This can be the case even when you’re not trying to bring some grand dream project to life.

Let’s say your job is to pitch ideas to your boss, but she keeps rejecting your ideas month after month. The job then becomes finding the energy to keep going, to continue to poke the box and try to find that winning idea.

This state of perpetual innovation is the key to most of today’s and yesterday’s most successful companies. They manage to create a culture of innovation.

Originally, Henry Ford found success thanks to the assembly line, which allowed Ford to turn out less expensive and more efficiently made cars.

Today, the assembly line continues to be the dominant mode of production by companies around the world. However, the newest, most innovative companies like Apple or Pixar build and organize teams around projects.

This is one of the main reasons Google has consistently stood out among competitors like Yahoo! or About.com – they always have teams at work developing the next generation of tools and projects.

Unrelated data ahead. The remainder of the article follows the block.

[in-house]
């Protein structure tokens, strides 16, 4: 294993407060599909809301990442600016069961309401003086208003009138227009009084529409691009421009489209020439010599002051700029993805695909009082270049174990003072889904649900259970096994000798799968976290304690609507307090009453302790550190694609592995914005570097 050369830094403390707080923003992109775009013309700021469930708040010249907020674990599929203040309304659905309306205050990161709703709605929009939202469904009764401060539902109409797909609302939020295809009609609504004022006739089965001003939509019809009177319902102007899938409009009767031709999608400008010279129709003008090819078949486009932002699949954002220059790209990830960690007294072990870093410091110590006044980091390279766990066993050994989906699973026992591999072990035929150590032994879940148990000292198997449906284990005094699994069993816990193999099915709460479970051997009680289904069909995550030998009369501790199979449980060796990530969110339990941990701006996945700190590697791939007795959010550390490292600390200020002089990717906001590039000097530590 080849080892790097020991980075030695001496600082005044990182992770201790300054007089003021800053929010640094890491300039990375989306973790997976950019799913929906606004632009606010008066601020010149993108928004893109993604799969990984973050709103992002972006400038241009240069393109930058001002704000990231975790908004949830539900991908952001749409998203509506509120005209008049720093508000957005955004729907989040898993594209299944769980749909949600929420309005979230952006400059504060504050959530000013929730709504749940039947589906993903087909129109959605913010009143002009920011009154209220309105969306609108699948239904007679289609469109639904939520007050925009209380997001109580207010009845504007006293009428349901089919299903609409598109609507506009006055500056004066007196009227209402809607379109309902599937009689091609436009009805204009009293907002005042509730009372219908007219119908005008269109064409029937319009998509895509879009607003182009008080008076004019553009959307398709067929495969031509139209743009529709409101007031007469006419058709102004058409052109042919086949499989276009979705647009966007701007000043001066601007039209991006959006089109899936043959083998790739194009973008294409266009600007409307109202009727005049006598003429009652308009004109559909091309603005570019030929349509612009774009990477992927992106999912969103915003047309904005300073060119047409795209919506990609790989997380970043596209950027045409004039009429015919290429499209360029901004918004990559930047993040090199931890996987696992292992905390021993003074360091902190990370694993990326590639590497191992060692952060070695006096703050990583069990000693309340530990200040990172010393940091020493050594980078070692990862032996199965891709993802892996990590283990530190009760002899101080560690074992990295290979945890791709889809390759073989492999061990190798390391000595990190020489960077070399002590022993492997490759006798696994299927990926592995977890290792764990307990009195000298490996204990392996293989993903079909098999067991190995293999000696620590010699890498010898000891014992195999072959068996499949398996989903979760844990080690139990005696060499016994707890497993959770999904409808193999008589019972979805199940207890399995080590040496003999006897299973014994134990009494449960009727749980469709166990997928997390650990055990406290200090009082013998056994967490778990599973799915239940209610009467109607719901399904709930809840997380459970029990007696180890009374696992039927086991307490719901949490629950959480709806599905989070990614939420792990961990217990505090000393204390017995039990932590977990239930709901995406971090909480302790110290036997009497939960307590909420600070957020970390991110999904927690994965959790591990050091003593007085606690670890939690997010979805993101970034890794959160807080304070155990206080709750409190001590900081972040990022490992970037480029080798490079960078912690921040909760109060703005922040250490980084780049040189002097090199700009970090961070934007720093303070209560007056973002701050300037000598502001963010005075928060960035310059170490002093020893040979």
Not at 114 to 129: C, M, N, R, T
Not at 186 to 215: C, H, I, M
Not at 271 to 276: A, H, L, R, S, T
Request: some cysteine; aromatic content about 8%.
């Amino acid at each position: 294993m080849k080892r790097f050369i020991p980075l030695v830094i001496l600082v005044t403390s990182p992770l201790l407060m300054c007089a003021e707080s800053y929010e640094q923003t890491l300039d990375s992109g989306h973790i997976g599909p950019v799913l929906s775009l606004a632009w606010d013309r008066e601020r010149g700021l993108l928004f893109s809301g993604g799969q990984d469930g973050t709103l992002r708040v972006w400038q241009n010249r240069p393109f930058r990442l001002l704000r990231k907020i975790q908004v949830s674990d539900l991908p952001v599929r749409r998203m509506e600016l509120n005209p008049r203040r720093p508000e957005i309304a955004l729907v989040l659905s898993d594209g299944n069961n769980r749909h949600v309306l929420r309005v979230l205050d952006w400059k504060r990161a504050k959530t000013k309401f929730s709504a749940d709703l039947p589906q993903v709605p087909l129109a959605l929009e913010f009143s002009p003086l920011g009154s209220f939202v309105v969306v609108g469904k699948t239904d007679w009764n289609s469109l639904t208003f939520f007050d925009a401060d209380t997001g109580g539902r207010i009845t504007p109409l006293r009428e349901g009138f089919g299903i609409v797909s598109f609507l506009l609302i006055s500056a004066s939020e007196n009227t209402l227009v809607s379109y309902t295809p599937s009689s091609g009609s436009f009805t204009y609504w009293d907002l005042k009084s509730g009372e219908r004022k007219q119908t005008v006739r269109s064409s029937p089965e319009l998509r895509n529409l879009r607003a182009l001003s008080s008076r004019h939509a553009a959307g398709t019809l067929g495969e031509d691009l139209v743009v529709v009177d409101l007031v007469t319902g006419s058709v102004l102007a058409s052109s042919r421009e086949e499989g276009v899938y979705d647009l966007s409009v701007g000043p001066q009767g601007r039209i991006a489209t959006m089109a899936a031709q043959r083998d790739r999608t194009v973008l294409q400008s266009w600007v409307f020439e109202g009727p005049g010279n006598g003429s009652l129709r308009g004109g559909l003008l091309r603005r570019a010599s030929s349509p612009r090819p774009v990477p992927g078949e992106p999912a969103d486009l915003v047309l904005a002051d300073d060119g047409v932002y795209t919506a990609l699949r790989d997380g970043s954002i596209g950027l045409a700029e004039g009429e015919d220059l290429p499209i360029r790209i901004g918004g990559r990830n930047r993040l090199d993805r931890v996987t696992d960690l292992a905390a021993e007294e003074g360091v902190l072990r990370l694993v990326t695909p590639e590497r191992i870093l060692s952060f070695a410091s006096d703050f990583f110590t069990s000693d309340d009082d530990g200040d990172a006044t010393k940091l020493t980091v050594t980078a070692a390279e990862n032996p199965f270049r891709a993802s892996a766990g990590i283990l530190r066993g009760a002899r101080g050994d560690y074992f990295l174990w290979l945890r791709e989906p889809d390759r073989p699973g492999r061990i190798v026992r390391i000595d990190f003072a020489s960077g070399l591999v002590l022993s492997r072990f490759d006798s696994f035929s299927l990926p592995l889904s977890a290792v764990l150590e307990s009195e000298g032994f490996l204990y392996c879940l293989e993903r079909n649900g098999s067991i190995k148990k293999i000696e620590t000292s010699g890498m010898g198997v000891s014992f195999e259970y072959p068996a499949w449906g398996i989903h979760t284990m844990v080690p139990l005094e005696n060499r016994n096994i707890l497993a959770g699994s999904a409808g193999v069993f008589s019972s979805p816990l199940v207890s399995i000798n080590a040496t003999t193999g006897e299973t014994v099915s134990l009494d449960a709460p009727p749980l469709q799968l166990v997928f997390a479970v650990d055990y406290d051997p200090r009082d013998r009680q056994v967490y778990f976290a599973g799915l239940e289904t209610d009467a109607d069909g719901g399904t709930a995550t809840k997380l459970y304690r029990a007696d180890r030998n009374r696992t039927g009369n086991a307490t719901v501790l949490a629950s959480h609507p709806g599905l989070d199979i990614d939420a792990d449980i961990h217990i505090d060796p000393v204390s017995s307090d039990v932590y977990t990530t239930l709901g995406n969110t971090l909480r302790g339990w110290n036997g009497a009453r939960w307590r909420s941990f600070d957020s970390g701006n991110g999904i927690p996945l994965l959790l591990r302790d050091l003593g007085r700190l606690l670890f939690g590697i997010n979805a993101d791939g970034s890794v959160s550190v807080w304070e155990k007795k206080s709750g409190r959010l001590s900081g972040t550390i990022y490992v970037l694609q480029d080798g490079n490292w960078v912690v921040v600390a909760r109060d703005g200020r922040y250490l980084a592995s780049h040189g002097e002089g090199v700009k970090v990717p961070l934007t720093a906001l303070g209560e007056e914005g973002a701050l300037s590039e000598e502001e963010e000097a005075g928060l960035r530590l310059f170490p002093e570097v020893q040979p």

It’s entirely possible that the majority of Google’s ideas will never work out or even see the light of day, but as long as one or two are successful, those few successes will likely outweigh the many failures.

Poke the Box Key Idea #5: Beware of overstarting.

As we’ve seen, one of the biggest hurdles to clear in generating new ideas is taking that first step. However, for a significant portion of people, the problem isn’t starting, but rather overstarting.

There’s a good chance you might know an overstarter – someone who loves to take on new projects before the previous ones are even completed.

And while it’s great to have an endless supply of new ideas, overstarting can also be a form of self-sabotage.

One of the bad ways in which overstarting can reveal itself is if a person sees every moment as a chance to start some new idea or project while being blind to its possibly harmful repercussions. For instance, let’s say you’re at a restaurant, and you spot Elton John sitting at another table. If you’re an overstarter, you might see this as the perfect opportunity to tell him what a big fan you are and to ask him to sing at your daughter’s wedding, even if that doesn’t really make sense.